But most people in a philosophy forum are going to realize that perception is fallible, filtered and includes interpretation, re-creation and guesswork and approximations. Nevertheless, on that street, the fallible human saying the streetlights are farther away from his body (were he on that street) than the car that appears to him as grey (imagine him pointing out that car) would be objectively correct.
Because determining location was useful for animals, they have developed a fallible sense, vision, that often enough gives the correct presentation of distance and location. Over and over and over.
Color is more purely subjective, though useful and can aid (like a sign might) determine identities of things. But location is damn objective. And sure one can whip out Gettier problems and optical illusions and more, but these only undermine the idea that vision is infallible in relation to location. It surely is not that. But it does directly with great regularity pass on objective location in relation to the body and other people and objects. Subjective objective are not binarily immaculately separate except to the religious.
So you agree few people would say, "the way humans perceive is the ultimate independent objective reality."

But from the human perspective, is there "an ultimate independent objective reality" which is beyond that which is perceived.
Belinda
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Re: Is Humanity the Standard Bearer of Reality?

Post by Belinda »

Some people carry the standard of ultimate reality, others deny there be ultimate reality that all is intertextual.

Of those who believe in ultimate reality some, more modern people, believe ultimate reality is a moving icon.
Iwannaplato
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Re: Is Humanity the Standard Bearer of Reality?

Post by Iwannaplato »

Belinda wrote: Thu Dec 31, 2020 11:49 am Some people carry the standard of ultimate reality, others deny there be ultimate reality that all is intertextual.

Of those who believe in ultimate reality some, more modern people, believe ultimate reality is a moving icon.
Could you expand on those two sentences. I had trouble following them, but it sounded interesting.
Gary Childress
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Re: Is Humanity the Standard Bearer of Reality?

Post by Gary Childress »

Veritas Aequitas wrote: Thu Dec 31, 2020 5:42 am
Gary Childress wrote: Wed Dec 30, 2020 12:53 pm
Veritas Aequitas wrote: Wed Dec 30, 2020 8:05 am Others species [viruses or bacteria] may see blobs of the above in greater density.
Do viruses or bacteria have eyes, though? Do they "see" anything? Do they have a brain or mind with which to "experience" anything?
Principle of Charity?? https://en.wikipedia.org/wiki/Principle_of_charity#:
Yes, viruses or bacteria do not 'see' with eyes.
However they have very basic brain and senses to incline towards what is positive for their survival.
My impression has always been that viruses and bacteria simply replicate by sheer chance, based on numbers. If a virus is floating in the air, then it will be contracted by anyone who comes into contact with it in the right manner. A virus doesn't "look" for its host. It simply lingers in the air where it has been expelled from another host and if the air is saturated with enough of them, another host is likely (by chance probability) to come into contact with a virus. I have always thought it was closer to a mechanical process, things accidentally coming into contact with other things in the right manner.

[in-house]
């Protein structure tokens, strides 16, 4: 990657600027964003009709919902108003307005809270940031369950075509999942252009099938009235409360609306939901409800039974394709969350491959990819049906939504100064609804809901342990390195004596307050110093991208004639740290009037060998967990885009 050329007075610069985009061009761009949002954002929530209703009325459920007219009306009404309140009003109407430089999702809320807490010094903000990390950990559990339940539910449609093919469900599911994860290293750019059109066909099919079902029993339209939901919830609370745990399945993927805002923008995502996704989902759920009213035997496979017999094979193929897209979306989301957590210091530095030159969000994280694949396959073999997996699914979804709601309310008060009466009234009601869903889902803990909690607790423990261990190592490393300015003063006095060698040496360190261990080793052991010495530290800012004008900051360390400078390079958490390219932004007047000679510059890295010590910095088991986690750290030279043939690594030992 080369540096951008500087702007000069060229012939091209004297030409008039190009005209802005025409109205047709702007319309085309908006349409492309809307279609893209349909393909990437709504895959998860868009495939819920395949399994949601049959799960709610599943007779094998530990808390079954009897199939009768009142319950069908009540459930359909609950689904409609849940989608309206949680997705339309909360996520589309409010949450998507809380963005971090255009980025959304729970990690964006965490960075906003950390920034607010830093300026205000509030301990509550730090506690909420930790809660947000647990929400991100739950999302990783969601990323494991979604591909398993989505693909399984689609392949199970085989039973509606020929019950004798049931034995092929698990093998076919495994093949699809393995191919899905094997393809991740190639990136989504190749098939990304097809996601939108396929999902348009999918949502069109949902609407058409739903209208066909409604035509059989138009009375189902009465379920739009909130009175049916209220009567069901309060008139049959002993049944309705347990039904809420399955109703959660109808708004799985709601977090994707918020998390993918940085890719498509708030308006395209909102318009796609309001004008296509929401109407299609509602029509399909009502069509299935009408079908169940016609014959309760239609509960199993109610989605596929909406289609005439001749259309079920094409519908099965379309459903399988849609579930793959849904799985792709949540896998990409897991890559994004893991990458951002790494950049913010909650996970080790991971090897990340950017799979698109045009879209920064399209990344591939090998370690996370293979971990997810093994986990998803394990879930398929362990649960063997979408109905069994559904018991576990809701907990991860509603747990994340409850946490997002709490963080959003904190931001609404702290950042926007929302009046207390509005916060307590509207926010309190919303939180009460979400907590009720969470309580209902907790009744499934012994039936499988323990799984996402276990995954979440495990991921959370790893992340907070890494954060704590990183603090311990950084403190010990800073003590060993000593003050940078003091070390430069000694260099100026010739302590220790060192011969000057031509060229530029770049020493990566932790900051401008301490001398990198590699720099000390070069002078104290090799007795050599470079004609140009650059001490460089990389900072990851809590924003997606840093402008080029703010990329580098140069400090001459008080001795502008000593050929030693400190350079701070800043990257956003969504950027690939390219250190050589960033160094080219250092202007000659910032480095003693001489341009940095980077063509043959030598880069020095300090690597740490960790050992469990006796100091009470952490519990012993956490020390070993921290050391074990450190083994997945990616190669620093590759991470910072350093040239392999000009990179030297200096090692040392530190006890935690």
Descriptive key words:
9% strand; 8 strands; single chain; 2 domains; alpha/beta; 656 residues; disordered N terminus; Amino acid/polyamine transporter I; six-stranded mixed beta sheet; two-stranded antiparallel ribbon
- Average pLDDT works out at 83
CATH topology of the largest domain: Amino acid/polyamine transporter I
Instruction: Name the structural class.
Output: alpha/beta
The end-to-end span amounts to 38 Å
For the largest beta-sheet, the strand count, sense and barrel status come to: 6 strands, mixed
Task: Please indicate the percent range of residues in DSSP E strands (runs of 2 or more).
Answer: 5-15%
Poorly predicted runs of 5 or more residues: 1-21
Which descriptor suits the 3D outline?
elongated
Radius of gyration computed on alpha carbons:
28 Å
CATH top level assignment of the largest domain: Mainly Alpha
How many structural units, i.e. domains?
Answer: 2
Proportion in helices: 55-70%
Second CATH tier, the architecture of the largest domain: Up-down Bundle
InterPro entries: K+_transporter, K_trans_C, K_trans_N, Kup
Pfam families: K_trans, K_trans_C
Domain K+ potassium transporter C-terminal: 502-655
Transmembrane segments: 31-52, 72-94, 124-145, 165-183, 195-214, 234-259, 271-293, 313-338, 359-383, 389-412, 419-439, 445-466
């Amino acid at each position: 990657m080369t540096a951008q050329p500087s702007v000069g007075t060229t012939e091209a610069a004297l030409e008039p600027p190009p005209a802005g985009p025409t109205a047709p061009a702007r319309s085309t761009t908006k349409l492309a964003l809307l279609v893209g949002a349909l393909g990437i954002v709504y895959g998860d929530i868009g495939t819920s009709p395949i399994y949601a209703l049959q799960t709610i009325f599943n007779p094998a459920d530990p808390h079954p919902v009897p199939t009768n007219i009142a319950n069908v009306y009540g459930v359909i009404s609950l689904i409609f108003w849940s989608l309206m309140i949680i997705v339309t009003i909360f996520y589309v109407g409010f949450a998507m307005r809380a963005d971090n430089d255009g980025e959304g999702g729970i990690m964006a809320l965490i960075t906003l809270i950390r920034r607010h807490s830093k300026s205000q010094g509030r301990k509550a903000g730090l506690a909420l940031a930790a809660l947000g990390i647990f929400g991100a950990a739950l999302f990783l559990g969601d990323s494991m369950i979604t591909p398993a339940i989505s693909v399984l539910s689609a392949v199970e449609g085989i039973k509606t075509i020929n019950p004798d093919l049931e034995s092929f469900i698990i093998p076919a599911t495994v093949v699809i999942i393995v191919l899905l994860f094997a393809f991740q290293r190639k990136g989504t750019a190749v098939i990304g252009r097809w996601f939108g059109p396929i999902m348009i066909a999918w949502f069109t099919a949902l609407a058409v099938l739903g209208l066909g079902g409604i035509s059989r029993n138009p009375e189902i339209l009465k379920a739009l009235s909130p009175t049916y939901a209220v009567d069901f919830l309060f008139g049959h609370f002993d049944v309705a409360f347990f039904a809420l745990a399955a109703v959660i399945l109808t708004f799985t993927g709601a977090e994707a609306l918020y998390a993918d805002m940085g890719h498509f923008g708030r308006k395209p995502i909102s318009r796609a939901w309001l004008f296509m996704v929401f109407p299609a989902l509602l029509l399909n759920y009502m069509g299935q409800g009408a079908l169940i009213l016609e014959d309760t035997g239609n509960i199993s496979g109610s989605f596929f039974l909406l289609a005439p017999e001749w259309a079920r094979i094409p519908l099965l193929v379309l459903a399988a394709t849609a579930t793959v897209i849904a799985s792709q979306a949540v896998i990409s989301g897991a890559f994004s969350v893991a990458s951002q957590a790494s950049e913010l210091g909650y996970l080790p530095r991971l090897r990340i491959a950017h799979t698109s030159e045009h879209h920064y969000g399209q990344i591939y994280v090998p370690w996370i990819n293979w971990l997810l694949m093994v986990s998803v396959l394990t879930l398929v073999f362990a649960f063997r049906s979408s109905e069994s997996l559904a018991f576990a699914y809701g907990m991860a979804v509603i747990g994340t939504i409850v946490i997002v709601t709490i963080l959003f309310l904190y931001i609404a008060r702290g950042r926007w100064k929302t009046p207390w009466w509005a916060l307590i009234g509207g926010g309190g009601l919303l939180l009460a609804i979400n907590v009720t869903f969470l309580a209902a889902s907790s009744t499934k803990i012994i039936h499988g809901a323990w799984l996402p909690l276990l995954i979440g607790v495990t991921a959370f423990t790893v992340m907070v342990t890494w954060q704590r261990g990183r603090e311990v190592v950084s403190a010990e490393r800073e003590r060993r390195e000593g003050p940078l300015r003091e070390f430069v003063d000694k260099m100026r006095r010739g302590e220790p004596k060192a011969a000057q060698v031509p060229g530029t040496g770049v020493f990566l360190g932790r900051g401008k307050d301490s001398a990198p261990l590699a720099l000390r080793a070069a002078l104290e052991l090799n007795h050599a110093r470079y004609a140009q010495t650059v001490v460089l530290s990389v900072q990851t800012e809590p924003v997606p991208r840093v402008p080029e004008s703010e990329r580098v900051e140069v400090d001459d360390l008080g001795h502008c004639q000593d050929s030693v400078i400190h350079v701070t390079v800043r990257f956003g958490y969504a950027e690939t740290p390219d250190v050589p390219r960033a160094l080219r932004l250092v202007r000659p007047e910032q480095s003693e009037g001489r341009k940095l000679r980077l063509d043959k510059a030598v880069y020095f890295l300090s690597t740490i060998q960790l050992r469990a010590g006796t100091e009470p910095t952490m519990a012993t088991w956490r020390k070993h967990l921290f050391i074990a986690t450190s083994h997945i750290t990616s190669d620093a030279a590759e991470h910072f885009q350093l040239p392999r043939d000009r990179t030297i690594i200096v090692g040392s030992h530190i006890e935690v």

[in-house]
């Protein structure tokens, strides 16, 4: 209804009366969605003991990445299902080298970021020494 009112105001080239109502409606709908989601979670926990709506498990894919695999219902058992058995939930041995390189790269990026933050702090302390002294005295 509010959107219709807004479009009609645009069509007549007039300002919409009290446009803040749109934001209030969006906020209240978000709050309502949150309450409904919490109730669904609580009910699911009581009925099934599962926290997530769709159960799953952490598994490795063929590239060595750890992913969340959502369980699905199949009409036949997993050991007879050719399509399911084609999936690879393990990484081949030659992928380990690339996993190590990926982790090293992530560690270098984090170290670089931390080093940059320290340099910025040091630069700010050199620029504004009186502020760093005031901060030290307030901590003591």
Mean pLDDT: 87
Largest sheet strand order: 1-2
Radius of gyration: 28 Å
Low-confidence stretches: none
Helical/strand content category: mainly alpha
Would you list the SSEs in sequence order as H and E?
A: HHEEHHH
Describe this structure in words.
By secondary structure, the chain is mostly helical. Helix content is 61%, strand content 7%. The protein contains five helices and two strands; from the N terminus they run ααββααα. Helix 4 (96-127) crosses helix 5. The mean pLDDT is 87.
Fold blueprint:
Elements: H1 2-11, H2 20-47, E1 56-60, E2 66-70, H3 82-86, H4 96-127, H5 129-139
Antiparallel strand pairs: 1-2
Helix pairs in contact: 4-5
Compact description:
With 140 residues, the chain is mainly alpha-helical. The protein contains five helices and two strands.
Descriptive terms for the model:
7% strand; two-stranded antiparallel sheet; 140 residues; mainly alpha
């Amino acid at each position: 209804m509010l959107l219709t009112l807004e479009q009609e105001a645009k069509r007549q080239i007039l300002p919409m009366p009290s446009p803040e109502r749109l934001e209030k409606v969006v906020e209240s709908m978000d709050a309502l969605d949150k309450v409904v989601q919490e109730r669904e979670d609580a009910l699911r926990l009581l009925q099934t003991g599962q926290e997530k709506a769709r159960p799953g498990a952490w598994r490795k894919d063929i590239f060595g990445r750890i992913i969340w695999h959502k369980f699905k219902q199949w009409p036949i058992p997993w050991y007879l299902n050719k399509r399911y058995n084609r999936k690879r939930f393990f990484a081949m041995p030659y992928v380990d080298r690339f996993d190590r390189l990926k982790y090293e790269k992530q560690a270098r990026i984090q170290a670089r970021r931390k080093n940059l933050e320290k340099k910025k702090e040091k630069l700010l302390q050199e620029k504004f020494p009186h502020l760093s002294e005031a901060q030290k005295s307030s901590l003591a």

It could be that a virus has some kind of "mind" or "senses" but I'm not aware that we have evidence for it. Is there some evidence that viruses have any "experience"? It seems to me that viruses don't need to have experience to do what they do any more than a rock needs to have experience in order to roll downhill from a higher elevation to a lower one on the Earth.
Last edited by Gary Childress on Thu Dec 31, 2020 2:35 pm, edited 1 time in total.
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Sculptor
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Re: Is Humanity the Standard Bearer of Reality?

Post by Sculptor »

Veritas Aequitas wrote: Wed Dec 30, 2020 8:05 am Humans are the top dog and the most dominant species within the hierarchies of evolutions.

But is humanity the standard bearer of reality i.e. to decide on what reality really is.

To the basic one-celled species perhaps reality is merely like that below [. borrowed from Seeds];
Image

Others species [viruses or bacteria] may see blobs of the above in greater density.

Note how different animals view the world which reality is definitely differently from that of humans,
HOW ANIMALS SEE THE WORLD
https://www.youtube.com/watch?v=-ss-nmT7oAA
https://www.youtube.com/watch?v=PAC1t2nGkfg

Those animals that rely on sonar will see a different world and a different reality.

Then we have babies
How Babies See The World
https://www.youtube.com/watch?v=T0rrS51ry2s

Then we have the 'normal' adult human perception of reality;
Image

From the above what-is-reality is subjective to the various species but is the reality perceived by humans the ultimate independent objective reality?
Dumb stupid question.
Belinda
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Re: Is Humanity the Standard Bearer of Reality?

Post by Belinda »

Iwannaplato wrote: Thu Dec 31, 2020 11:57 am